many non Southern-British dialects have developed alternative ways to
distinguish between singular and plural reference. In spite of
differences in appropriate registers, these relatively recent usages
do not seem to have engendered new T/V systems. In fact the general
pattern witnessed in the papers of this book seems to be one of
gradual simplification of the pronominal address term system, although
not necessarily of other aspects of address term systems, as Hickey's
second paper on contemporary Standard German usage shows.


Biber, Douglas. Variation Across Speech and Writing. Cambridge,
Cambridge University Press, 1988

Brown, Penelope and Steven C. Levinson Politeness. Some Universals in
Language Usage. Cambridge, Cambridge University Press, 1987.

Nevalainen, Terttu and Helena Raumolin-Brunberg. Sociohistorical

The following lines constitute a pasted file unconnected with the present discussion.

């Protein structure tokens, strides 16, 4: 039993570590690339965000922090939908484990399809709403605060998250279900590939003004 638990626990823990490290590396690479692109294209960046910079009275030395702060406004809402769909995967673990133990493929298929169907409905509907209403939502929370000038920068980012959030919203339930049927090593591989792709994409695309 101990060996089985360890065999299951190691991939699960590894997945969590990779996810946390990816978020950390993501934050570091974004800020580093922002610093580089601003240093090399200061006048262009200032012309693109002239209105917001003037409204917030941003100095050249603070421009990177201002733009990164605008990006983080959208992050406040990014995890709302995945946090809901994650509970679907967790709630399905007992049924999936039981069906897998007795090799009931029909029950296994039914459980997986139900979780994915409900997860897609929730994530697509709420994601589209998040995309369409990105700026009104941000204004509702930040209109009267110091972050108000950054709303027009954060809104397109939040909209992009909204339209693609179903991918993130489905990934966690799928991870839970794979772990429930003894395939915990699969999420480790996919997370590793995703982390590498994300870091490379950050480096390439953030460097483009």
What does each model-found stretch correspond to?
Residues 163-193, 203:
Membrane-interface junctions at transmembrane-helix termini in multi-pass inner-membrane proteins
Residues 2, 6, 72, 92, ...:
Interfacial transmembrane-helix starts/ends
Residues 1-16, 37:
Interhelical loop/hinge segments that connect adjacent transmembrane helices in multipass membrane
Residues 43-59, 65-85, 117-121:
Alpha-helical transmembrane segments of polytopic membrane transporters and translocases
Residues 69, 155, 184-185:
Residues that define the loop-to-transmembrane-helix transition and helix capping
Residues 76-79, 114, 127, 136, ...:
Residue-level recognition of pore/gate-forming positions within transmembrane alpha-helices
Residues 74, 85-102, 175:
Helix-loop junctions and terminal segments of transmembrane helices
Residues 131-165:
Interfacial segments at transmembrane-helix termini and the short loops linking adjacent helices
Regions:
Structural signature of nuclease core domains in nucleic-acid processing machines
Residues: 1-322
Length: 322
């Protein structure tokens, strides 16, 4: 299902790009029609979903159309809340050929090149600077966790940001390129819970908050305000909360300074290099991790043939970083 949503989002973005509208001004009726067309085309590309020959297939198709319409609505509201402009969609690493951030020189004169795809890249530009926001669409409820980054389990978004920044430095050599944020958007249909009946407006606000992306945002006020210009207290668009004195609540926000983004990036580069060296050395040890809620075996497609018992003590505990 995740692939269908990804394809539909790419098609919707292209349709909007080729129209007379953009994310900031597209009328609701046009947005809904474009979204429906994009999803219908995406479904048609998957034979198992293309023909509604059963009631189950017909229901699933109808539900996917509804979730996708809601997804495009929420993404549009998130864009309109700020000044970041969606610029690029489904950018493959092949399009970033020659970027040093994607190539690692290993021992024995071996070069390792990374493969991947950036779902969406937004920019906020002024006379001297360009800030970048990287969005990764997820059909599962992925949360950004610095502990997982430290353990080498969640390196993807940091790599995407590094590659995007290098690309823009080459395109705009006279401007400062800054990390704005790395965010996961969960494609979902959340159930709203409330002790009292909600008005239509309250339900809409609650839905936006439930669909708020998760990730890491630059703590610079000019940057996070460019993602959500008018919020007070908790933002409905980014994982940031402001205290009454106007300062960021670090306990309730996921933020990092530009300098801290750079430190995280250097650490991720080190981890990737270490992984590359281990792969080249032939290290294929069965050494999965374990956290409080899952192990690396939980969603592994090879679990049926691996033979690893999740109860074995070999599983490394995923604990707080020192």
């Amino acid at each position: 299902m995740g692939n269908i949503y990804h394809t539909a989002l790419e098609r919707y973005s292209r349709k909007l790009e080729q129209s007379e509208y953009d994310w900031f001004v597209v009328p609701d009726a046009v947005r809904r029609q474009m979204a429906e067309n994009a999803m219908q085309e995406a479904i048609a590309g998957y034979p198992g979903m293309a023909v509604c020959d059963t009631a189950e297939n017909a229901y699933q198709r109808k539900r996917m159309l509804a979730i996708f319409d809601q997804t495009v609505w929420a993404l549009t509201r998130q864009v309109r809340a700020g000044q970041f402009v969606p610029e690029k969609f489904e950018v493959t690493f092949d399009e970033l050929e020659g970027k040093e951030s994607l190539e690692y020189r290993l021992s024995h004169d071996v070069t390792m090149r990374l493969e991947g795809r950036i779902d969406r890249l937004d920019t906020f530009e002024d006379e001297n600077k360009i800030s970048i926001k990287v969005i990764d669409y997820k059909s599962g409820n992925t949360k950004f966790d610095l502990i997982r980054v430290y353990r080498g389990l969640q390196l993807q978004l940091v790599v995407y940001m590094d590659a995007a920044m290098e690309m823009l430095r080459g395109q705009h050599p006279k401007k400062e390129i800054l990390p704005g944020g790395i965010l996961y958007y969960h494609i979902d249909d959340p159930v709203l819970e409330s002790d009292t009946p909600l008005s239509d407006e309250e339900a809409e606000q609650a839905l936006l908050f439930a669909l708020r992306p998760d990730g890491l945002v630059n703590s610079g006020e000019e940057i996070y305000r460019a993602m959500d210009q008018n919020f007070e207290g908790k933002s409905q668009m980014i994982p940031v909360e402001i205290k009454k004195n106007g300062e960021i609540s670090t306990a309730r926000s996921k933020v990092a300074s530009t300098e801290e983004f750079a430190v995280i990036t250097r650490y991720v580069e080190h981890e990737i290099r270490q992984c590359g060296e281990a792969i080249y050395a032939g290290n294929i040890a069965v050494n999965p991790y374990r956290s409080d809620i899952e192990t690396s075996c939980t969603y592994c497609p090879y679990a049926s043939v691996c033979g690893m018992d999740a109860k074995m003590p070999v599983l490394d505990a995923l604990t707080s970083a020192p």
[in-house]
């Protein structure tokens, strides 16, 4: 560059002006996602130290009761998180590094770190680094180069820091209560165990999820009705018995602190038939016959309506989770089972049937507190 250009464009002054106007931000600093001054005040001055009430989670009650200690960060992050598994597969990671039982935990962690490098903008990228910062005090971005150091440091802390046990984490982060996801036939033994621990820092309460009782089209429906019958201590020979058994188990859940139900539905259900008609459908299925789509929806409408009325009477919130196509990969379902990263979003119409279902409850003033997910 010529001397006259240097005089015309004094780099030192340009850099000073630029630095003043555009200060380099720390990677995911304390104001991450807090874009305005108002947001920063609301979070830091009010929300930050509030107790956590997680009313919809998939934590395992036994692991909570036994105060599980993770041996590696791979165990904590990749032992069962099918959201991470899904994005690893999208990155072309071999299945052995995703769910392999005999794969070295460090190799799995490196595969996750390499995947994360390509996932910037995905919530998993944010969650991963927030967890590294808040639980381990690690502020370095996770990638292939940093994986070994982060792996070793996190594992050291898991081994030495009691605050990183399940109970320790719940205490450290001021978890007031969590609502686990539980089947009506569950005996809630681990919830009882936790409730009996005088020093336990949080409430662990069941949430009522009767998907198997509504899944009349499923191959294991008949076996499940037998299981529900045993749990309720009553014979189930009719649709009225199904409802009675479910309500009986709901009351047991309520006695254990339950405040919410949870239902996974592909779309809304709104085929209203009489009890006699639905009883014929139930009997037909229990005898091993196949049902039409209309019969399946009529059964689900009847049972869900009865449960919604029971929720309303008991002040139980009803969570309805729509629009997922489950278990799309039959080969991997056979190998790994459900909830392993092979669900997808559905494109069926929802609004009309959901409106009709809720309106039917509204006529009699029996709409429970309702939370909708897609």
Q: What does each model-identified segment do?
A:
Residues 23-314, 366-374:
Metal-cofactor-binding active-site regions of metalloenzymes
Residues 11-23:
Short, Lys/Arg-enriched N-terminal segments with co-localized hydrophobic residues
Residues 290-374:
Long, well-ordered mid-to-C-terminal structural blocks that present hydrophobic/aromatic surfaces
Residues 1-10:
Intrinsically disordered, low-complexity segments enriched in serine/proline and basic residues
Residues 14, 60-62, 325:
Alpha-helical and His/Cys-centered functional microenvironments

Linguistics. London: Longman, 2003.

Márquez Reiter, Rosina Linguistic Politeness in Briatin and Uruguay.
Amsterdam: John Benjamins, 2000

Sifianou, Maria. Politeness Phenomena in England and Greece. Oxford:
Oxford University Press, 1999
Margaret Sonmez is Assistant Professor at the Middle East Technical University, where teaches Linguistics, the History of English, the History of Ideas, Methodology and Literature courses. Her research interests lie in the field of historical sociolinguistics, with a particular interest in Early Modern written English.